COVID-19 Airflow Research
The SARS-CoV-2 virus (coronavirus) is primarily transmitted through virus-laden fluid particles ejected from the mouth of infected people. Our research aims to gain new fundamental understanding on the aerodynamics of respiratory droplets and to provide physical evidence on the effectiveness of risk mitigation strategies.
For example, in Cummins et al (2020) we investigated the aerodynamics of droplets through the Maxey-Riley equation and we show that droplets with minimum horizontal range are from a few μm to a few hundred μm. The result that such droplets have a very short range could have important implications for the interpretation of existing data on droplet dispersion.
In Viola et al (2020) we use a background oriented schlieren technique to investigate the air flow ejected by a person while breathing and coughing, the aerosol dispersion and the effectiveness of face covering in mitigating virus transmission risk. We found that all face covers without an outlet valve reduce the front flow through jet by more than 2/3rd. Surgical and hand-made masks, and face shields, generate several leakage jets, including intense backward and downwards jets that may present major hazards.
In Bandiera et al (2020), we study the effects of face coverings on mitigating dispersion of large respiratory tract droplet that land within seconds. These droplets are thought to be the main route to transmission of SARS-CoV-2 virus. We quantify the number of droplets in flight using laser sheet illumination and UV- light for those that had landed at table height at up to 2 m. We find that wearing a face covering decreases the number of projected droplets by > 1000-fold. We estimate that a person standing 2 m from someone coughing without a mask is exposed to over 10,000 times more respiratory droplets than from someone standing 0.5 m away wearing a basic single layer mask. Our results indicate that face coverings show consistent efficacy at blocking respiratory droplets and thus provide an opportunity to moderate social distancing policies.
Our research in yacht engineering aims to develop new fundamental knowledge on the aerodynamics of sails to improve the performance of competitive yachts. Sails are very thin wings. Differently from conventional wings, such as the wings of an airplane, the flow separates at the leading edge forming complex tridimensional vortical flow structures. Hence, while wings are typically designed to prevent flow separation and enable the air to flow smoothly along the wing, the flow around the sails is separated and the aerodynamic force is mostly provided by the vortices in the flow (Arredondo-Galeana and Viola, 2018). See for example this 16-min keynote presentation on how sails generate forces or the companion paper Viola et al (2020).
Read more about our Yacht Engineering Research.
The fluid mechanics principles that allow a passenger jet to lift off the ground are not applicable to the flight of small flyers. The reason for this is scaling: human flight requires very large Reynolds numbers, while small plants have comparatively small Reynolds numbers. At this small scale, there are a variety of modes of flight available to plants: from parachuting to gilding and autorotation.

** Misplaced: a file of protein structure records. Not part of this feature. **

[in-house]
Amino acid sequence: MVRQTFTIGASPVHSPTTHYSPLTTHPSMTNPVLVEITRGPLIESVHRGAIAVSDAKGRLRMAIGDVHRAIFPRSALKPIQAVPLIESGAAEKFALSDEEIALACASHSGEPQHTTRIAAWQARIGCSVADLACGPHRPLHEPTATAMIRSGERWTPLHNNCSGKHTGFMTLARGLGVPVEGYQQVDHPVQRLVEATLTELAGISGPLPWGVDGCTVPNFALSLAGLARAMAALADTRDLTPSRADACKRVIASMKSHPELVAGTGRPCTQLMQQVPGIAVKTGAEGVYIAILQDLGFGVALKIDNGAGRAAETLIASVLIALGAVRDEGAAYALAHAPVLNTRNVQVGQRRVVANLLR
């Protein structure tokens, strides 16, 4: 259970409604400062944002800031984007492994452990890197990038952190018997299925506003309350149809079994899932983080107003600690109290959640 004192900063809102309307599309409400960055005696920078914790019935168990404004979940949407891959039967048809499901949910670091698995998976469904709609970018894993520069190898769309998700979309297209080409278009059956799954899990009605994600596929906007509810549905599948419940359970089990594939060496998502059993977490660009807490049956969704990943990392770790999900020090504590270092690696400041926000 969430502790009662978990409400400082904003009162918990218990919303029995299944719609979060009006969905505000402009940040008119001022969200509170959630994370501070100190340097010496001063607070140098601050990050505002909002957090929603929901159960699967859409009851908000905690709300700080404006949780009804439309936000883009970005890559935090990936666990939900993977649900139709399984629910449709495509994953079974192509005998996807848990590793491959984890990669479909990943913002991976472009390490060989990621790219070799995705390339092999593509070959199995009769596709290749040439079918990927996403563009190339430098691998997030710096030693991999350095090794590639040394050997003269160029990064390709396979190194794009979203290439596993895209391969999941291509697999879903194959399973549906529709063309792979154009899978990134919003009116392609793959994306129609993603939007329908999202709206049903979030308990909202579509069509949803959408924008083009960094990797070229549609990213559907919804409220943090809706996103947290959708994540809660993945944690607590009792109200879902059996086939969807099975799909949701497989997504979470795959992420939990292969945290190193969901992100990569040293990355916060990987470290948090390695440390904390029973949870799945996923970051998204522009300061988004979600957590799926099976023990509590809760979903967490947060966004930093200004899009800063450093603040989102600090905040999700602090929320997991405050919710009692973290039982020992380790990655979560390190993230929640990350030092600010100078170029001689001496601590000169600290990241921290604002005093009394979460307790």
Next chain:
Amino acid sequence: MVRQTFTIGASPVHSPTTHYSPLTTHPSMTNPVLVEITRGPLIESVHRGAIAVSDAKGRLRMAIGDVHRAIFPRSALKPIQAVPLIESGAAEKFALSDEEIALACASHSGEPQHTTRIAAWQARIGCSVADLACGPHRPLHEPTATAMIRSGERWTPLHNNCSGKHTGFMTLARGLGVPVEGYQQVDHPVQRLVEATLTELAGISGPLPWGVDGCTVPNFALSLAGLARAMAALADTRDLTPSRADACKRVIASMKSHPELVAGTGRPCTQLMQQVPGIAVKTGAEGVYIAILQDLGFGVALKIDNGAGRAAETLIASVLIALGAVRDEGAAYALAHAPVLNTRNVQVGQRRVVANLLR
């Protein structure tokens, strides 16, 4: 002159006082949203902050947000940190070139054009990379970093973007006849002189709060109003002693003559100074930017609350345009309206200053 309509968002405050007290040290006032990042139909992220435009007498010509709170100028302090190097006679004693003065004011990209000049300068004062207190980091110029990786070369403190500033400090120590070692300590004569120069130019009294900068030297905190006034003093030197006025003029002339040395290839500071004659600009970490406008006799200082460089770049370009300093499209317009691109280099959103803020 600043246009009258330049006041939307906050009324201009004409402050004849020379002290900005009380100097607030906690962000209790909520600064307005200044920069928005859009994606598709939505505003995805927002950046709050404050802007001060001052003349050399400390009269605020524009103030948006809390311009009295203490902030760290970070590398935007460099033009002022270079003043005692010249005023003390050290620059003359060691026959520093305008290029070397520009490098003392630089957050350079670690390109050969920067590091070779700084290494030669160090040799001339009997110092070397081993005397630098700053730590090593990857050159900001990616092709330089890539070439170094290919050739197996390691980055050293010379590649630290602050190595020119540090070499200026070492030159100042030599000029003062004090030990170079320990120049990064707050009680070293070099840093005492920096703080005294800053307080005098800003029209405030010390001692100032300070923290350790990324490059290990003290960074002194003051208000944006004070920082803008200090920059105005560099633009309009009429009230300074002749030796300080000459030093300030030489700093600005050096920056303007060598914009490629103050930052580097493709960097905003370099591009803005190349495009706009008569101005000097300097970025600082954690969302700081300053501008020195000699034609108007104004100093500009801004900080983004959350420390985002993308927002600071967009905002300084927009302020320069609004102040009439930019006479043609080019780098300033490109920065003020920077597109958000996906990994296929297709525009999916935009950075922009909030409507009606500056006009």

Our group studies the aerodynamics of small plumed fruit that utilise a new mode of flight. If a dandelion fruit, for example, is picked up by the breeze, it can be carried over hundreds of miles. Incredibly, the filament structures of these seeds are mostly empty space, making this an extremely efficient mode of transport (Cummins et al, 2018). Moreover, the fruit can become more or less streamlined depending on the environmental conditions; in this way, they behave as a smart technology (Seale et al 2018). We are uncovering the novel engineering principles of these fruit, using a combination of numerical, analytical, and physical modelling. Our group has built a specialised wind tunnel, which we use alongside particle image velocimetry and high-speed imaging to visualise and measure the flow around these fruit.
Very strong currents flow in some parts of the ocean, thousands of time more powerful than a strong wind. The power in these currents is completely renewable and virtually unlimited. In Europe, for example, highly energetic tidal sites include the north of Scotland, the straights of Messina, the Dardanelles Strait, the coasts of Brittany and Normandy. The first MW-scale arrays of tidal turbines is currently being installed in Scotland - yet our understanding of the tidal flow remains marginal. More importantly, it is still unclear which is the most efficient technology for energy harvesting. Our research aims to understand the unsteady hydrodynamics of tidal energy harvesters and to design more durable and efficient technology (Want et al 2018, Scarlett et al 2019, Scarlett and Viola 2020). Inspired by the extraordinary abilities of natural swimmers, we study morphing technology that can mitigate load fluctuations and new-concept array design inspired by the synergetic fluid dynamics interactions in fish shoals.
Photograph of a model-scale tidal turbine developed at the Institute for Energy System, courtesy of Dr G. Payne.